Wednesday, May 11, 2011

Once isn't enough

Having come back from my break, I've started modding again for The Shattered War. I decided to get back into the enjoyable task of level design, working on one of the wilderness areas high in the Frostback Mountains. I thought I'd done a moderate amount of work and there'd be some basic sculpting and then it'd be the lengthy process of decoration with props and vegetation.

Taking a break from something and then coming back to it later is a great way to spot the faults in a level. I hadn't realised just how much work that the level needed in terms of additional sculpting to bring it up to an acceptable level. On reflection the level had been done quite some time ago as a basic draft to get the shape of the level and see if the basic concept worked, but somehow along the way I'd decided that it might not have needed too much work. A quick look told me this was most certainly not the case.

It's a bit jagged there

Now, I hadn't touched this level in quite some time, and the draft was done up in a matter of maybe 4-6 hours. However, while the rough shape was done, after some closer examination I realised that the terrain needed to be tesselated to a far greater degree in order to give a proper organic look that I would expect. Now, while there's some degree of sharp and jagged edges that you can "cover up" using props and vegetation, I realised that wasn't an option in this case. If I'm to give a sense of perspective, the narrowest section is about two-to-three people wide, and the low-outcropping is slightly higher than the height of a human. As such, those very angular edges would be extremely up close and personal to anyone walking through that section of the level.

So I undertook a fairly serious resculpting of the level, fixed jagged edges, abrupt angles and anything else that simply looked abnormal. Even now I could probably increase the tesselation another level in large patches of the level, but issues with the lightmapper in the DAO toolset mean that this is likely to cause insightly black spots due to some errors in the way it precalculates lighting effects. There's always a trade-off between effort and aesthetics, so I felt I was able to strike a reasonable middle ground with the reworks I've made thus far. I even managed to get some of the vegetation in for the level, though I've kept it clear from this picture to give a clearer difference shot between before and after.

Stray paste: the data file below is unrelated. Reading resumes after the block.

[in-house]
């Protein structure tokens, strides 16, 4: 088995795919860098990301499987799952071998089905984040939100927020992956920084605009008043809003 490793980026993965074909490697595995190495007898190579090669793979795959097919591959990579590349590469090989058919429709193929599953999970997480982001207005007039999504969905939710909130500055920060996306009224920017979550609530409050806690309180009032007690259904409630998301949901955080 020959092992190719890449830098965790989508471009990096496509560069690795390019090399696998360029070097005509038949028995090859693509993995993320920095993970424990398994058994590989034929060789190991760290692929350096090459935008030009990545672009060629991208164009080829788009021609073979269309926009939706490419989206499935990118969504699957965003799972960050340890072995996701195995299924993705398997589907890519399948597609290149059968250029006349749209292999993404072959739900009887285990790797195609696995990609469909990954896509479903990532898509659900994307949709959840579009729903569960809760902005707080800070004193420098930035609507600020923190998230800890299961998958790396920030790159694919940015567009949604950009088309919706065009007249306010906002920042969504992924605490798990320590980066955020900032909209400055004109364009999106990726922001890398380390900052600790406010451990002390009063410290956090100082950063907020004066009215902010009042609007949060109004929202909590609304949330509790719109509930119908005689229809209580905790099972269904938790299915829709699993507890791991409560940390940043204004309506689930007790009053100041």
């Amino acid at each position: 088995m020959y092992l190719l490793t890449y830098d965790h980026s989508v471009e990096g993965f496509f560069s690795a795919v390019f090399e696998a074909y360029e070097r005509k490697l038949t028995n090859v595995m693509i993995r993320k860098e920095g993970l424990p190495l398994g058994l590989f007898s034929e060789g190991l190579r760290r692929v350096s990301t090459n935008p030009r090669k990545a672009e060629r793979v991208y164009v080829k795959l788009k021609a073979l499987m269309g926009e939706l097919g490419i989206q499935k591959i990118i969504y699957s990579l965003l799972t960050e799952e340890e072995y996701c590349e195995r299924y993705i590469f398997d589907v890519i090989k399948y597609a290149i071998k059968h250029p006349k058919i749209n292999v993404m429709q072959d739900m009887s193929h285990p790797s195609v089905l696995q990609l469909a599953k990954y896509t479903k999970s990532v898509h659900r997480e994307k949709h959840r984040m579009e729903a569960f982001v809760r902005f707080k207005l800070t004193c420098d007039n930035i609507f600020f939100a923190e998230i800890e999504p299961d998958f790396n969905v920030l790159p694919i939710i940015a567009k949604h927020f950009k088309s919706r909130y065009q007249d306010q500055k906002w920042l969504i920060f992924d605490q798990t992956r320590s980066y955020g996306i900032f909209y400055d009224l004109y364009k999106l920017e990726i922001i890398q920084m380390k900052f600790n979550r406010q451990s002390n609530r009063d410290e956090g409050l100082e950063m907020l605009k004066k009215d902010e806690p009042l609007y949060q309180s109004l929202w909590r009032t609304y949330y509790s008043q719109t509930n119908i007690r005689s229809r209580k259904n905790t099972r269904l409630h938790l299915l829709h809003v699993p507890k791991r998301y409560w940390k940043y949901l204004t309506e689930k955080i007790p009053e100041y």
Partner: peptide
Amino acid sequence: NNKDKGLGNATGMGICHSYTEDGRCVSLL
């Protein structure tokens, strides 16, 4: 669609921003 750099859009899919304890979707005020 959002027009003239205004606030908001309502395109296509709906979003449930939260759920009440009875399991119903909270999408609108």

A less jagged look

It's still not a perfect look by any means, and there's still some softening and adjustment I'd like to do, but overall there's a lot more rounded terrain and less obvious triangles sticking out from the edges of the landscape. A little more effort is still needed here to give more character and variance, even though most players probably won't pay that much attention to this small part of the level. As a side area, this level was unlikely to ever give the player a "wow" moment that would make them gawk at the gorgeous landscape. However, I could not let it pass without still giving the player a sense of the brutal but beautiful landscape of the Frostback Mountains.

Sharp triangles are hard to soften with vegetation, but that area (and the entire level) is now a lot easier to make look like authentic terrain by using a health dose of grass, shrubs and trees. The more interest you can create with the base mesh of a level, the better the level will look once it is fully decorated and populated with everything else that ultimately brings it to life in the game.

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